Machine Translation Archive
Introduction and guide to usage
The aim of this electronic archive is to provide a permanent on-line location for a comprehensive collection of articles, books and papers in the field of machine translation and computer-based translation technology. The primary aim of the archive is comprehensive coverage of publications which are difficult to find or obtain from the usual sources; this is true particularly for the proceedings of conferences which have not been published by well-known commercial book publishers. For the sake of completeness, the archive also includes index entries for publications which for copyright reasons cannot be located on this site.
Coverage. The archive contains only English-language publications – although, in due course, some publications in other languages may be included selectively (a preliminary index of some French-language publications is now available). The archive covers publications on all aspects of machine translation and computer-assisted translation, translation memories, and translation tools; it includes also publications in related areas of interest to researchers in the field, such as controlled languages, cross-language information retrieval, information extraction, multilingual resources, terminology, etc. The proceedings of conferences devoted to machine translation (and computer-assisted translation) are being covered in full; for other conferences, papers are being included selectively (for details see below.)
The ultimate aim is completeness. In the first instance an effort will be made to cover comprehensively publications since 1990. The next priorities are publications from the mid 1970s to the late 1980s and then selectively from the earliest years of MT in the 1950s and 1960s. The goal of comprehensiveness means that some papers included are known to be inaccurate, misleading or ill-informed – particularly some articles from popular magazines and the internet. Caveat lector!
The Machine Translation Archive does not include information about current commercial systems (except when described in papers). For such information see the Compendium of translation software on the EAMT website (http://www.eamt.org/soft_comp.php).
Copyright. All publications are the copyright of authors (except where the copyright is held by a publisher). In general, any material may be used and copied for teaching and research purposes. Permission is given under a Creative Commons Attribution-NonCommercial-ShareAlike 3.0 License. Permission to download is not given, therefore, to any individuals or organizations which charge or intend to charge users (by fees or by subscriptions) for materials on their databases.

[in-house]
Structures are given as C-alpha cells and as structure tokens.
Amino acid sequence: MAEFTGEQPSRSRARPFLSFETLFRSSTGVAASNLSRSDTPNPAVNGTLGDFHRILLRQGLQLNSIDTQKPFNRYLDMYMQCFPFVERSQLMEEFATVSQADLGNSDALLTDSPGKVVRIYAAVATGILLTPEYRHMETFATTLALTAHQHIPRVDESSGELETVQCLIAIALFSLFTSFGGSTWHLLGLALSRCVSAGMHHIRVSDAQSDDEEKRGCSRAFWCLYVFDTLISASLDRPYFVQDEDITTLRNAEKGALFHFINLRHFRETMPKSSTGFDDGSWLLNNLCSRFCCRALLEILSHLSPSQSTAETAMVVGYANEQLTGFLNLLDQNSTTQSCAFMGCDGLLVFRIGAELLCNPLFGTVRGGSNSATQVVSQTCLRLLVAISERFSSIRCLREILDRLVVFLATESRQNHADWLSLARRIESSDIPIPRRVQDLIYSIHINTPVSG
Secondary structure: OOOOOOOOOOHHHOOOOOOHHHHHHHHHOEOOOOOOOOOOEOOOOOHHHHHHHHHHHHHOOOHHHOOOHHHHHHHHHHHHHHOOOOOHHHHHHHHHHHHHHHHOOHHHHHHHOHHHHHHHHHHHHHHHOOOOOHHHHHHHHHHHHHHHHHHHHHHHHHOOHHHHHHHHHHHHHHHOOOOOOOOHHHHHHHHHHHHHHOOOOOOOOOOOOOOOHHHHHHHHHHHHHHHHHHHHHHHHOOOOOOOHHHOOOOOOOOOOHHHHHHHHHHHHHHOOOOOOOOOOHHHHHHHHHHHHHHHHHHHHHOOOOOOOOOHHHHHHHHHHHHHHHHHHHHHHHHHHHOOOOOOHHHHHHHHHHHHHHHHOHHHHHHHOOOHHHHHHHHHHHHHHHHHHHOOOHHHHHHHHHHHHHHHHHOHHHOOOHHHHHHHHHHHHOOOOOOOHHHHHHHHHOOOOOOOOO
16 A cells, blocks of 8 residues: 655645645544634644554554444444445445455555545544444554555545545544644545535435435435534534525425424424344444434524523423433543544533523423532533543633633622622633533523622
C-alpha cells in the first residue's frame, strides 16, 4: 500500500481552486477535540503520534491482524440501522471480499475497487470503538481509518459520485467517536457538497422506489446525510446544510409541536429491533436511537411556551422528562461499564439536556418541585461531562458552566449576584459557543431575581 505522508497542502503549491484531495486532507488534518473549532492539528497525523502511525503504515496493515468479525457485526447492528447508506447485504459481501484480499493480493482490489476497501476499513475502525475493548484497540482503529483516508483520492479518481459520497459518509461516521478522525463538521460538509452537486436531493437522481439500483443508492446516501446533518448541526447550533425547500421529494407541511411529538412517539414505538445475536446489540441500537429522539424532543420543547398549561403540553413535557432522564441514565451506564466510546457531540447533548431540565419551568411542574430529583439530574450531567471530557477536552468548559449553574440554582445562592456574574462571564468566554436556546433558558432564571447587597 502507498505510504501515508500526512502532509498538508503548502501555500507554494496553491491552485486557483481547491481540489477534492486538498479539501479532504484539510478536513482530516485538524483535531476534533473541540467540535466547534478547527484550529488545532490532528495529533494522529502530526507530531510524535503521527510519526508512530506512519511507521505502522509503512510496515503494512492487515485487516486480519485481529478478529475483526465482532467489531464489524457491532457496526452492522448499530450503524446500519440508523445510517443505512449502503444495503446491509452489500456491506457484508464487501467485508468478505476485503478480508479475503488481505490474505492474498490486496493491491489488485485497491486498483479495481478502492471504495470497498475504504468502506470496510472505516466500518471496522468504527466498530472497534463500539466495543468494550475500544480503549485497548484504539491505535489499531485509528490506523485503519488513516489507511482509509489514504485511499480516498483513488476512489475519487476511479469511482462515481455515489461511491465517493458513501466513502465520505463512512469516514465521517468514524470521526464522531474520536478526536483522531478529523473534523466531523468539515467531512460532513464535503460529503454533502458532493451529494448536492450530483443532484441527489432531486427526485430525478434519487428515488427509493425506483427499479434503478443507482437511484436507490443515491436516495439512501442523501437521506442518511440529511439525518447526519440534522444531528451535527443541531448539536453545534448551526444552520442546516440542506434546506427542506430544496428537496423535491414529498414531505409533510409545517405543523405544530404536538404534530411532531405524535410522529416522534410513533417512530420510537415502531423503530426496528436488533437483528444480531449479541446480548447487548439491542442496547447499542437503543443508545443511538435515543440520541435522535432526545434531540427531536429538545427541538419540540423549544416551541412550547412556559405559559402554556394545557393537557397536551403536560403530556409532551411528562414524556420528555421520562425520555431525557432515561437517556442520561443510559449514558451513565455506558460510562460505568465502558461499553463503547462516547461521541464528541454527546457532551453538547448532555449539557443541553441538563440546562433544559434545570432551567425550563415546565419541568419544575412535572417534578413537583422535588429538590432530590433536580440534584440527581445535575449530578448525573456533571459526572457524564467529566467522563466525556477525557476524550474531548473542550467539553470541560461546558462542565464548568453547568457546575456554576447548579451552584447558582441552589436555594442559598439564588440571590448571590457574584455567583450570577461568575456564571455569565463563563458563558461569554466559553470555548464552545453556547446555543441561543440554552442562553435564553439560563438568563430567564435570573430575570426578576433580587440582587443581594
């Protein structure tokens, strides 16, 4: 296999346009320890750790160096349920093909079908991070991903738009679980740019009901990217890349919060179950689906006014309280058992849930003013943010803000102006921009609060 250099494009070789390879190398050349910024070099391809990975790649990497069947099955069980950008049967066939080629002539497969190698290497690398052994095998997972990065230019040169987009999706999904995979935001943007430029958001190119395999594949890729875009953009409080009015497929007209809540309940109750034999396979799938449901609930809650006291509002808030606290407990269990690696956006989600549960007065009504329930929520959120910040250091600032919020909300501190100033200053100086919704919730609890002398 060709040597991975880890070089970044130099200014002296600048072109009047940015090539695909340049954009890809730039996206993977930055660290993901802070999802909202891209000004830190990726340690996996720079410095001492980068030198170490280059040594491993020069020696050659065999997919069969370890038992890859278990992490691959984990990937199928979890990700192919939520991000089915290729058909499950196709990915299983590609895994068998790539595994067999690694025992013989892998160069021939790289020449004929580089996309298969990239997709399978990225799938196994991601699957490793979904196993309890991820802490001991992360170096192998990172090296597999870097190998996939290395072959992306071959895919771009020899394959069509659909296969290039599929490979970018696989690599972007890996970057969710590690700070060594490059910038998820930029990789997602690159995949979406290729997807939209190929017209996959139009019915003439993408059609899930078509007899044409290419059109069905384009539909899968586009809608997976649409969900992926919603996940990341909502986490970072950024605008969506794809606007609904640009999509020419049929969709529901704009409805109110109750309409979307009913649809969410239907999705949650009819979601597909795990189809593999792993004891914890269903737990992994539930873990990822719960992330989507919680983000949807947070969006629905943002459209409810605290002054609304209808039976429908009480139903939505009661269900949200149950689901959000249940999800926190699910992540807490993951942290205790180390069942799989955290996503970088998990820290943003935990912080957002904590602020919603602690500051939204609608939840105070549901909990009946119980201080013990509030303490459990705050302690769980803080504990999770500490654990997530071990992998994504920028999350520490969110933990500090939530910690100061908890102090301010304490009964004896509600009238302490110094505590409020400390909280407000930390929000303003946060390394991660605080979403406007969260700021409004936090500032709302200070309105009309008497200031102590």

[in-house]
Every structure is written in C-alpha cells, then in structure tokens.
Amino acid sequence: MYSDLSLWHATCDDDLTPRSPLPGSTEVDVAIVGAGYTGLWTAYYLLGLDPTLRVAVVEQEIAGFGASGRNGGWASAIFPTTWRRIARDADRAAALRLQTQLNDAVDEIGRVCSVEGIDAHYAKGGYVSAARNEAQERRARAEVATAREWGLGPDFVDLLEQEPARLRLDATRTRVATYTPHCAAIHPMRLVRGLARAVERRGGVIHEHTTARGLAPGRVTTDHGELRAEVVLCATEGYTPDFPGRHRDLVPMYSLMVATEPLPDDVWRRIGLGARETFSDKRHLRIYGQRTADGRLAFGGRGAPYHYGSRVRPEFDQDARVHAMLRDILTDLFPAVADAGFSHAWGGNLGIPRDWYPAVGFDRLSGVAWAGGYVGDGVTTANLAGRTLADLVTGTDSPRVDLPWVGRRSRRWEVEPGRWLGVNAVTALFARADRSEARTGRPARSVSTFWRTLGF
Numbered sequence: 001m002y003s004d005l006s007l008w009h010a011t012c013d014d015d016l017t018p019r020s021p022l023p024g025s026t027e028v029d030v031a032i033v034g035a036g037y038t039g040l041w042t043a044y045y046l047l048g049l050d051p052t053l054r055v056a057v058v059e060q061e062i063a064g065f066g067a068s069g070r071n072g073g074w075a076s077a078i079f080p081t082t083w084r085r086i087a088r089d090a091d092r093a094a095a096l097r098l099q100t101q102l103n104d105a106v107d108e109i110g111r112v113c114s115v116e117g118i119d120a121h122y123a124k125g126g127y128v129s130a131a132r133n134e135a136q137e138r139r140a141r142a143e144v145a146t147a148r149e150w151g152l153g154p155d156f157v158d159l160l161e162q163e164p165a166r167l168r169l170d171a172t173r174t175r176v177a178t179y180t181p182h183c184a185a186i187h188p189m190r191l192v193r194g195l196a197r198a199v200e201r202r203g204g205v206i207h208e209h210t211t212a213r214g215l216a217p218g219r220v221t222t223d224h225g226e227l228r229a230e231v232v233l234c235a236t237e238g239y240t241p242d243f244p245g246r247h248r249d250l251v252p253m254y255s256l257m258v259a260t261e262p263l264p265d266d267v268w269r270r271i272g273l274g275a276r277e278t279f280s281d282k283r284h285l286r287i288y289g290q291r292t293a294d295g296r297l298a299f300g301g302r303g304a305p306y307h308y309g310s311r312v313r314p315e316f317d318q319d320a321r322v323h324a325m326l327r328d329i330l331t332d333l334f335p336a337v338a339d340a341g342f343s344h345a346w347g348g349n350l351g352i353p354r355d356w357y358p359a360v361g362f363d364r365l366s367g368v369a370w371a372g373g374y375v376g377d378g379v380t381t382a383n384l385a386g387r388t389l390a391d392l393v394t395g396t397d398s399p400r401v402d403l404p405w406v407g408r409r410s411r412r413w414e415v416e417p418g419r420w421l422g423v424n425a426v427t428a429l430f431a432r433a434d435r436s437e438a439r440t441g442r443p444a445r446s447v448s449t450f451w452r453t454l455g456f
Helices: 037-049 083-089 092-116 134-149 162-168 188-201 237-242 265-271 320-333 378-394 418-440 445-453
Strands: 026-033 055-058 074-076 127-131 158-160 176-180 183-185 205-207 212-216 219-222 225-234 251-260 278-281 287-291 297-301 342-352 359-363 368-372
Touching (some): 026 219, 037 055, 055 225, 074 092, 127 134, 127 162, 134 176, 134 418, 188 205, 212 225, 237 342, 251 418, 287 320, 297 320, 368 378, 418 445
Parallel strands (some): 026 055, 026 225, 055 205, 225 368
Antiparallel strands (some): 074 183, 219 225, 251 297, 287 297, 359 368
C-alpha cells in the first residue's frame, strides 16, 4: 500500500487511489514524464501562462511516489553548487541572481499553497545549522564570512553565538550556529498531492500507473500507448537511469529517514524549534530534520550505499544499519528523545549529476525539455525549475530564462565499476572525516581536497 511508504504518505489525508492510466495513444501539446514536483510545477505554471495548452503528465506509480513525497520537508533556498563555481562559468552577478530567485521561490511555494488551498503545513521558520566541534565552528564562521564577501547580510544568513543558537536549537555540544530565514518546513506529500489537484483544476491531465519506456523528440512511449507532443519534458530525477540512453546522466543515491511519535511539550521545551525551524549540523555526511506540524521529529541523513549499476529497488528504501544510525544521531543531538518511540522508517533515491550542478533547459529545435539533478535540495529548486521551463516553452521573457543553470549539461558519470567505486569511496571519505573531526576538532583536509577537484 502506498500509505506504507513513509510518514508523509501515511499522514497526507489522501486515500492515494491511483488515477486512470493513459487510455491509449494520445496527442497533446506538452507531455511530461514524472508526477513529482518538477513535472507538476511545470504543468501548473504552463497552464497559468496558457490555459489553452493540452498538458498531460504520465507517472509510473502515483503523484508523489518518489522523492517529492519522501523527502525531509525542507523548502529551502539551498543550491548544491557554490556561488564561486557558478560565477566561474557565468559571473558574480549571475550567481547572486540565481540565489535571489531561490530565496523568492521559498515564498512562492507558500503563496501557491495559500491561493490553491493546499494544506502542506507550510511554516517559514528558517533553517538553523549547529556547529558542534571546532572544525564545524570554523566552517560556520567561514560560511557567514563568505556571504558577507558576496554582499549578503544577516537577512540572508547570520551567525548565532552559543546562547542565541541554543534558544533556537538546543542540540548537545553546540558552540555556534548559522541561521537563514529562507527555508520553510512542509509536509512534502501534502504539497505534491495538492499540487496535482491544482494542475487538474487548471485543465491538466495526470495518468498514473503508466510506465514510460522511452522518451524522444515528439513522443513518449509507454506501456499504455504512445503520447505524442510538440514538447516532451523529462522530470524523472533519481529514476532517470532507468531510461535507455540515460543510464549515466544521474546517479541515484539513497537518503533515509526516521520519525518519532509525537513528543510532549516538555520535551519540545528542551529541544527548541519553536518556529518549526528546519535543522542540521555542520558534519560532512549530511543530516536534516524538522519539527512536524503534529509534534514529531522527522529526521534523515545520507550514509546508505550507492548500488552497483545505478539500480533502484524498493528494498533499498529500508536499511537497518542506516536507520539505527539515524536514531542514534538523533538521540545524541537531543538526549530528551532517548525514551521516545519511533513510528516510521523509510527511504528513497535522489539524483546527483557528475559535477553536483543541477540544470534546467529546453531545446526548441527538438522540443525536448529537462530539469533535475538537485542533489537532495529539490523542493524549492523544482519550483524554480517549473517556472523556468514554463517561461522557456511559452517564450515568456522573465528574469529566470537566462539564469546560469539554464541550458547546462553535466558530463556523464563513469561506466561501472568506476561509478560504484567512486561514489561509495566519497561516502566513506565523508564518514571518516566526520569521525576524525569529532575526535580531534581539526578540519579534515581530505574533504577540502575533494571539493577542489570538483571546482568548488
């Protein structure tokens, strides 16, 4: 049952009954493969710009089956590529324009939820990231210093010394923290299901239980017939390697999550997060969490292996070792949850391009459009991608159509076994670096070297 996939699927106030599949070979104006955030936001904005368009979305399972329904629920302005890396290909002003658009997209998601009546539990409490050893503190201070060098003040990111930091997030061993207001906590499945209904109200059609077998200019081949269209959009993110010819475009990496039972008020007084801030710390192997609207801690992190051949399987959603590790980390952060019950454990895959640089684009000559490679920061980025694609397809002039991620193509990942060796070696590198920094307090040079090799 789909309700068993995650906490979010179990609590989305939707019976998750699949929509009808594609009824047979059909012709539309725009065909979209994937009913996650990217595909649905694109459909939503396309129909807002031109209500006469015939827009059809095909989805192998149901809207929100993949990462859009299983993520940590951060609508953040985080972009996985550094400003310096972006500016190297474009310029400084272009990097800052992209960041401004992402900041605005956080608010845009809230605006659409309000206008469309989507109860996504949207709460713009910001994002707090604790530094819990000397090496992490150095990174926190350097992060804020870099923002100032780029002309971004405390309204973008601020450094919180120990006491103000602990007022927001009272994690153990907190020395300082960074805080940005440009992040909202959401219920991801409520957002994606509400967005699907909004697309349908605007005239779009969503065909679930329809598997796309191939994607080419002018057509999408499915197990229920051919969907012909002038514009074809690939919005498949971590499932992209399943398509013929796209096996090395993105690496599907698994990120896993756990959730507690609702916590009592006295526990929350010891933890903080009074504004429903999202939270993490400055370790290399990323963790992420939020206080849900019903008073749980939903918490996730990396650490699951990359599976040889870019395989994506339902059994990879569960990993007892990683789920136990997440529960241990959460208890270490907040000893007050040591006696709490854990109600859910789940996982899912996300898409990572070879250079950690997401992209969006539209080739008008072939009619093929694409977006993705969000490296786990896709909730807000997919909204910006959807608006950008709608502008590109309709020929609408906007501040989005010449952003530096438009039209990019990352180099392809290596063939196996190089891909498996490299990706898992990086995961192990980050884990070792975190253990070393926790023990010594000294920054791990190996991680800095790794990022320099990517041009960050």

Citations. Every effort has been made
to ensure the correctness and completeness of the bibliographical details. When
citing articles it is recommended that these full details are given - plus, if
and where appropriate, this source (http://www.mt-archive.info) and the file
name. File names consist generally of an abbreviation for the conference name, for
organizations holding the conference, or for the journal title, followed by the
year and the name of the first author. For example ‘http://www.mt-archive.info/AMTA-1994-White’
refers to a paper given by John White at the 1994 conference of the Association
for Machine Translation in the
Format. Publications are provided in PDF format (sometimes converted from PostScript or PowerPoint). As far as possible, publications have been scanned (and checked by the compiler for typographical mistakes) from the original hard copies. However, the reproduction and legibility of some PDF files are sometimes poor. In due course some of these will be re-scanned.
Indexes. All publications are listed in six indexes. In the index of authors they are entered under the names of all authors (in as full forms as can be ascertained). In the index of organizations, they are under the names of the institutions and organizations with which authors are affiliated and/or where or for which the research is undertaken. Institutions, organizations and companies are grouped by country. In the index of systems, they are entered under the names of projects or systems which are mentioned. Other indexes are those of languages and language pairs treated in publications, of methods, techniques, and other computational and linguistic topics, and of applications and other issues affecting the use of systems.
Indexes for institutions/organizations, for applications, and for methods/techniques/etc. are divided into appropriate time periods (currently: 2010 to the present, 2005-2009, 2000-2004, 1990-1999, and pre-1990).
The index of authors is divided alphabetically; note that names beginning Mc are ‘spelled out’ as Mac, and that diacritics are ignored (i.e. ü is filed as if u, ř as if o, ĺ as if a, č as if c, etc.) Indexes for languages and for systems are also divided alphabetically.
Note that in all the indexes the publications under a heading or name are listed in reverse chronological order.
Conferences and journals. For those conference proceedings which are included complete in the Archive, users will find tables of contents accessed from the index of conferences. In a second index users can find a list of conferences from which articles have been selectively included. A third index lists conferences, whether devoted wholly or partly to machine translation, which have yet to be included in the Archive. There are also tables of contents for those journals which are included so far; these are accessed from the index of journals.
Web sites. Links to the personal websites of individual researchers may be useful for tracing publications which have not (yet) been included in the Archive. No assurance can be given that these links will remain up-to-date; the compiler welcomes the assistance of any collaborator and news of any changes and suggestions for additions.